|The first excerpt represents the past or something you must release, and is drawn from Reminiscences of Tolstoy by Leo Tolstoy:
of Reading," he told one of his friends about it.
A few days afterward this friend came to see him again, and at
once told him that he and his wife had been thinking over his
scheme for the new book and had come to the conclusion that he
ought to call it "For Every Day," instead of "Circle of Reading."
To this my father replied that he preferred the title "Circle
of Reading" because the word "circle" suggested the idea of
continuous reading, which was what he meant to express by the
Half an hour later the friend came across the room to him and
repeated exactly the same remark again. This time my father made
|The second excerpt represents the present or the deciding factor of the moment, and is drawn from The Vision Splendid by William MacLeod Raine:
But Jeff had his way. The _World_ made no denial of the facts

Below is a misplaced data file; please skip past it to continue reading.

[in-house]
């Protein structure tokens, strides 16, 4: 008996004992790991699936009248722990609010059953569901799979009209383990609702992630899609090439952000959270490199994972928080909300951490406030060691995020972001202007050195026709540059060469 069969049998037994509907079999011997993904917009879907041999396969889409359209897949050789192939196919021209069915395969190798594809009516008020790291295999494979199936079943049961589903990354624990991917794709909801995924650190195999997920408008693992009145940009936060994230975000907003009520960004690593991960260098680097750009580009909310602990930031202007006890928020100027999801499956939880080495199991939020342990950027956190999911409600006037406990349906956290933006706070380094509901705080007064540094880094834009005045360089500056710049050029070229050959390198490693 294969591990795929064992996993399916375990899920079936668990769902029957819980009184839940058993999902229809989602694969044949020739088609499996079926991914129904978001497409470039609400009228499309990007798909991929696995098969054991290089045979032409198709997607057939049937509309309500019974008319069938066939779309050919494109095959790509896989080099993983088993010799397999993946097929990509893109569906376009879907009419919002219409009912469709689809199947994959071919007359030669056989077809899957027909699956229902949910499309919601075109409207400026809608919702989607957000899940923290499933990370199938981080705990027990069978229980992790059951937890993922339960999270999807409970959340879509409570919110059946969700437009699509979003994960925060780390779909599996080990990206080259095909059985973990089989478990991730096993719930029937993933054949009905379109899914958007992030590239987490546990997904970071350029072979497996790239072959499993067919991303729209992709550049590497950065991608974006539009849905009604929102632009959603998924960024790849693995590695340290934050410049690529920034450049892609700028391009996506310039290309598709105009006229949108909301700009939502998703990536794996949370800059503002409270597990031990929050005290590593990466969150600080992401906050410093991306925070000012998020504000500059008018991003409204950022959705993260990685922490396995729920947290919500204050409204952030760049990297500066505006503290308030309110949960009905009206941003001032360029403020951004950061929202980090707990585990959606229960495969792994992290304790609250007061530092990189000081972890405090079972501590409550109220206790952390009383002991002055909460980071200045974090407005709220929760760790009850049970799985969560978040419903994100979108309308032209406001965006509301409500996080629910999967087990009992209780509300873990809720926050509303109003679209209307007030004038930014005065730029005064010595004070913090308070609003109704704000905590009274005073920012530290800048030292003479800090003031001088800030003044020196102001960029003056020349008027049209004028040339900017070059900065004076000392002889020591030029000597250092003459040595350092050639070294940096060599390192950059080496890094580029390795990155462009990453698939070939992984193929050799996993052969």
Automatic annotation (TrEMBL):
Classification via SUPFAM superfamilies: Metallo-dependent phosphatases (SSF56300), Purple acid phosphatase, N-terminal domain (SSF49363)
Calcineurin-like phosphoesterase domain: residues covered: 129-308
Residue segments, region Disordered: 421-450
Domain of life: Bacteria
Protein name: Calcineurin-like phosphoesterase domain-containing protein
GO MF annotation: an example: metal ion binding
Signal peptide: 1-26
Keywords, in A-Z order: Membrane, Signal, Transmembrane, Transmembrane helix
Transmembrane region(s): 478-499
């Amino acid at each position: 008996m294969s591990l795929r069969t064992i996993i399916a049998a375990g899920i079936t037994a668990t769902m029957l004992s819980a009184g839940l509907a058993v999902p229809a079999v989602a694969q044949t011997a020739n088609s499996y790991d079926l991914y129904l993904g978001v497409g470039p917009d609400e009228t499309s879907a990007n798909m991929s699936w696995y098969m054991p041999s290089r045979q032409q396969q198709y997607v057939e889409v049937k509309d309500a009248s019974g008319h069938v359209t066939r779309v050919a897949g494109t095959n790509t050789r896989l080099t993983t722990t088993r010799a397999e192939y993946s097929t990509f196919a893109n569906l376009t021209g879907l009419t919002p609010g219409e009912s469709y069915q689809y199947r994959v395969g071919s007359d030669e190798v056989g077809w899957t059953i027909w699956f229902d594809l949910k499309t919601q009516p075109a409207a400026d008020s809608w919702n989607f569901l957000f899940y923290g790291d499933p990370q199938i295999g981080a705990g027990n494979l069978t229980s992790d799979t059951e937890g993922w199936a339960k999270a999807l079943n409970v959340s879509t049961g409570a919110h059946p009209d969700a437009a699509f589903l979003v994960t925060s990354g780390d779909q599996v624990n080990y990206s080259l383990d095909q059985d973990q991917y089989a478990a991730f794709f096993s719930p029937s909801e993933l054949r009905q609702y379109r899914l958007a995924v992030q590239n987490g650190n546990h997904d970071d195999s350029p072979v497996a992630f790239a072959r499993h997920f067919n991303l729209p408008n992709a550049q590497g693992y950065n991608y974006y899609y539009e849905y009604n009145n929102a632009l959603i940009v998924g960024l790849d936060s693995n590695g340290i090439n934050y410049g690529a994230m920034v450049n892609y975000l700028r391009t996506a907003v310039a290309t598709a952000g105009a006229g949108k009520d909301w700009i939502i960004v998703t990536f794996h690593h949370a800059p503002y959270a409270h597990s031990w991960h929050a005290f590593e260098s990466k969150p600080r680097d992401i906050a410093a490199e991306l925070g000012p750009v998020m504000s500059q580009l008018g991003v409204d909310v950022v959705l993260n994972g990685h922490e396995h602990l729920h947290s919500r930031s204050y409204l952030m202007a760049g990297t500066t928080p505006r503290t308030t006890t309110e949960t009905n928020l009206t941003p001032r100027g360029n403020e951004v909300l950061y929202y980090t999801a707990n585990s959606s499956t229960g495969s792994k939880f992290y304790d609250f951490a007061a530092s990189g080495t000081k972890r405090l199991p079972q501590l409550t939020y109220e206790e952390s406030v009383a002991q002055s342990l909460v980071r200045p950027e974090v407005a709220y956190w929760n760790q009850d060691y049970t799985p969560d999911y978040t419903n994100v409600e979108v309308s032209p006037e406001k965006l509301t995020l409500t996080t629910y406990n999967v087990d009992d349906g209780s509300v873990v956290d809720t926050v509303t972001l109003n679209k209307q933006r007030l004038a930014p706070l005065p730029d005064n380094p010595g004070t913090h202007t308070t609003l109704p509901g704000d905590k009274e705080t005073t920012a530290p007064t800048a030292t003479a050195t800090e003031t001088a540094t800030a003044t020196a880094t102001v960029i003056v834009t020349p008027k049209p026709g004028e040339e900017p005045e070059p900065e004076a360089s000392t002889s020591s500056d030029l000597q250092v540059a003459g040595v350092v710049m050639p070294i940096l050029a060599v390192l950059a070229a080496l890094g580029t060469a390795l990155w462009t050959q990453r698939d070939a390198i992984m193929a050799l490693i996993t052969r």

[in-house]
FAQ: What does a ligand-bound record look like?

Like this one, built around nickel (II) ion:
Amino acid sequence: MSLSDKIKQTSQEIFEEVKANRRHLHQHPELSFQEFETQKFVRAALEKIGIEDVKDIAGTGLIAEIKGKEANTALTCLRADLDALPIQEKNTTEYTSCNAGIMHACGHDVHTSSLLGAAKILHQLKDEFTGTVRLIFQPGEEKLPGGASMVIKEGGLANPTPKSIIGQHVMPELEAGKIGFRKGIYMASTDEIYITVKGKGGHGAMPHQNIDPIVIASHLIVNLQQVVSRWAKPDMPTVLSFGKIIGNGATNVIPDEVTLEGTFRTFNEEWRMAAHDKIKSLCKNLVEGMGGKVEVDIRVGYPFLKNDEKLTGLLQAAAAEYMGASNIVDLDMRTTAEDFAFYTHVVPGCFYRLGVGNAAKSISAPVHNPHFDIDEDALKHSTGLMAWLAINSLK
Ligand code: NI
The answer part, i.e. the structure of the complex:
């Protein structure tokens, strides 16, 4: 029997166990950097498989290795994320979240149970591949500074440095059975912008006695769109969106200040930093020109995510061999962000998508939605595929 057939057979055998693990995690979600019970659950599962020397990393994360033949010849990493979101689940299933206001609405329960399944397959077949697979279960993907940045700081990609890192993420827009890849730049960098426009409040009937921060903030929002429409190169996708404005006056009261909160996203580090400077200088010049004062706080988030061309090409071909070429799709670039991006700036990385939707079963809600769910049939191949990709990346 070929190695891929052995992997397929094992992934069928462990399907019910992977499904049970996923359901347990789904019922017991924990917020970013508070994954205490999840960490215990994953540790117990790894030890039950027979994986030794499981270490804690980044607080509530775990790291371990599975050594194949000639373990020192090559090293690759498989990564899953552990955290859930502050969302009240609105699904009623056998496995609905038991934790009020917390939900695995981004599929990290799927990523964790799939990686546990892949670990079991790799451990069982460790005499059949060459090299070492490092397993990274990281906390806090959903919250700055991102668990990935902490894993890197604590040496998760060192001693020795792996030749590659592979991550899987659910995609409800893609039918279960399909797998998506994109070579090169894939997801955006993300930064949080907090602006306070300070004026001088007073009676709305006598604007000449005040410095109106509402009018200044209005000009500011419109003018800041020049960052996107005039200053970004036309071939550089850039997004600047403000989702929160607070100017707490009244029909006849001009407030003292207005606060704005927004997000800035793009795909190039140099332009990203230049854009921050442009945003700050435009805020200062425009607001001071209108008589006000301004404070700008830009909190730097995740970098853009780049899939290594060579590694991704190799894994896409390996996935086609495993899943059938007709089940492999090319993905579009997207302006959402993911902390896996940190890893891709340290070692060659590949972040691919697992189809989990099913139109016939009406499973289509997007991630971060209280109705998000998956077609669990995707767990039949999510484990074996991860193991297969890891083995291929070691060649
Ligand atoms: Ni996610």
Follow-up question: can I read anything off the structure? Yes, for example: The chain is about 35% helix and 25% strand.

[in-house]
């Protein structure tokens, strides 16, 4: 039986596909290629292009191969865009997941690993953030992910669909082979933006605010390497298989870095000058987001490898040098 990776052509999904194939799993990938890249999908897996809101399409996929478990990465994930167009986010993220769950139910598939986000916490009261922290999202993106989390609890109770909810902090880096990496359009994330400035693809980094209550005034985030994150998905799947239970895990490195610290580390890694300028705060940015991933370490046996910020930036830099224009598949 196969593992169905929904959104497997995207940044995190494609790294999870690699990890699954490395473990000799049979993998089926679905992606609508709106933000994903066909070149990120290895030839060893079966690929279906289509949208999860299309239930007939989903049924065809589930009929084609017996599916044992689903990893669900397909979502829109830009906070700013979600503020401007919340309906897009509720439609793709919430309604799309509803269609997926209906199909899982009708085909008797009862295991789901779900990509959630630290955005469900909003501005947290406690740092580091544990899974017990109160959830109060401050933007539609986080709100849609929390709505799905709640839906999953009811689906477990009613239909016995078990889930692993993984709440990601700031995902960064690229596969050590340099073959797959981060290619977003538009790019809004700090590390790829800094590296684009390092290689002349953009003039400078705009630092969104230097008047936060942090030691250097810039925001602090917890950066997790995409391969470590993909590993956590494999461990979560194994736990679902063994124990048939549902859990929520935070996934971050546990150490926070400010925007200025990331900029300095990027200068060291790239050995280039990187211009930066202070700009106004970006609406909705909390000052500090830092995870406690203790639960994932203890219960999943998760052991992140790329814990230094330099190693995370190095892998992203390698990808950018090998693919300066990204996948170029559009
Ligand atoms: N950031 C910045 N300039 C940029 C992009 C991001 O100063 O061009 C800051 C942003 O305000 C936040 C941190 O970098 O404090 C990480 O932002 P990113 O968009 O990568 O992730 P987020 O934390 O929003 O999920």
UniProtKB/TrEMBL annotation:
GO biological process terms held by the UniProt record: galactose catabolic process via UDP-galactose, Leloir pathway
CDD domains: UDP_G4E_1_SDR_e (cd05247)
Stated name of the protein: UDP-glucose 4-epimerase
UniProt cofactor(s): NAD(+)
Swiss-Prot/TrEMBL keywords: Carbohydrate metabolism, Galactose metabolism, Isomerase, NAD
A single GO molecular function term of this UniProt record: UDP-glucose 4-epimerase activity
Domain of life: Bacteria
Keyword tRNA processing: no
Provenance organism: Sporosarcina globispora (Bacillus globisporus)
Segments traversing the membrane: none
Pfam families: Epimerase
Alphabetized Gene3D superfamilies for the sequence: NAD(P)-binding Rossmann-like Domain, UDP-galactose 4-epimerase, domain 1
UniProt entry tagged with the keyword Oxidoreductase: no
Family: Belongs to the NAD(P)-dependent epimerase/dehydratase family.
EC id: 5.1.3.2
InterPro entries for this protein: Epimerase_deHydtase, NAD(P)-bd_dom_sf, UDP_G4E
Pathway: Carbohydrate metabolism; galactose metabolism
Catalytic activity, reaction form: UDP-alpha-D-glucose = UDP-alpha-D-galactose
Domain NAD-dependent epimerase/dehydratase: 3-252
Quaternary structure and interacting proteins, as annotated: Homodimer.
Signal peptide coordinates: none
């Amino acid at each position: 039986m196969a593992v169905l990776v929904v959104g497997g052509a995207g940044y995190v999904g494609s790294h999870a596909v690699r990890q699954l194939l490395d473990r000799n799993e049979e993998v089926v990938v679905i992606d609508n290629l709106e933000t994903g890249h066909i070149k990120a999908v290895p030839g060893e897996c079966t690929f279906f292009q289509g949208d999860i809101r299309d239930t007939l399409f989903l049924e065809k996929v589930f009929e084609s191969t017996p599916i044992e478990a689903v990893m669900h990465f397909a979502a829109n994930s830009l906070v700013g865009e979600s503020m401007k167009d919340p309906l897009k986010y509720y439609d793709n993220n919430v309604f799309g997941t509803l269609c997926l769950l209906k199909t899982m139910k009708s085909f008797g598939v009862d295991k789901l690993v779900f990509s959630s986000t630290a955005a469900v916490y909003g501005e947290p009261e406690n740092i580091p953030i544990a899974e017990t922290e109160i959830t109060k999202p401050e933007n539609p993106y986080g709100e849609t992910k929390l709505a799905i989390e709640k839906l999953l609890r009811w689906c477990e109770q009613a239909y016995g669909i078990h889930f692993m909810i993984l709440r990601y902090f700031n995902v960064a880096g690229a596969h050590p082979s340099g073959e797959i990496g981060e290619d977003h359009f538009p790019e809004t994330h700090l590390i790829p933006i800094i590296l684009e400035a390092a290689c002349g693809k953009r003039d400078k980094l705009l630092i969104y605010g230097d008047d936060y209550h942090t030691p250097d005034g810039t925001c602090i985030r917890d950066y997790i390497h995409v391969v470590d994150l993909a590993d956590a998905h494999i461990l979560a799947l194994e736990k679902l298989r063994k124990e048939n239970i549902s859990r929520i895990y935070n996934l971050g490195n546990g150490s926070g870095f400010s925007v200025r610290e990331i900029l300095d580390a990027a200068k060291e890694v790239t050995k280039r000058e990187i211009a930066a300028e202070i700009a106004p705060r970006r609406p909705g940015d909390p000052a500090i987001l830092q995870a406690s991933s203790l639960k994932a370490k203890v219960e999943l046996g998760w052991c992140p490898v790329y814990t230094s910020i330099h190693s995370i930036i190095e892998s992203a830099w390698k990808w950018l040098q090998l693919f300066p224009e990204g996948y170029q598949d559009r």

charged. In a statement on the front page that covered less than
three sticks he told the simple story of the defalcation of Robert
Farnum. One thing only he added to the account given in the
opposition papers. This was that during the past two years the
shortage of the bank cashier had been paid in full to the
Planters' First National at Shelby.
There were many forecasts as to what the effect of the Farnum
story would be on the election returns. It is enough to say that
the ticket supported by the _World_ was chosen by a small
|The third excerpt represents the future or something you must embrace, and is drawn from Songs of Innocence and Experience by William Blake:
When voices of children are heard on the green,
And laughing is heard on the hill,
My heart is at rest within my breast,
And everything else is still.
'Then come home, my children, the sun is gone down,
And the dews of night arise;
Come, come, leave off play, and let us away,
Till the morning appears in the skies.'
'No, no, let us play, for it is yet day,
And we cannot go to sleep;
Songs of Innocence and Experience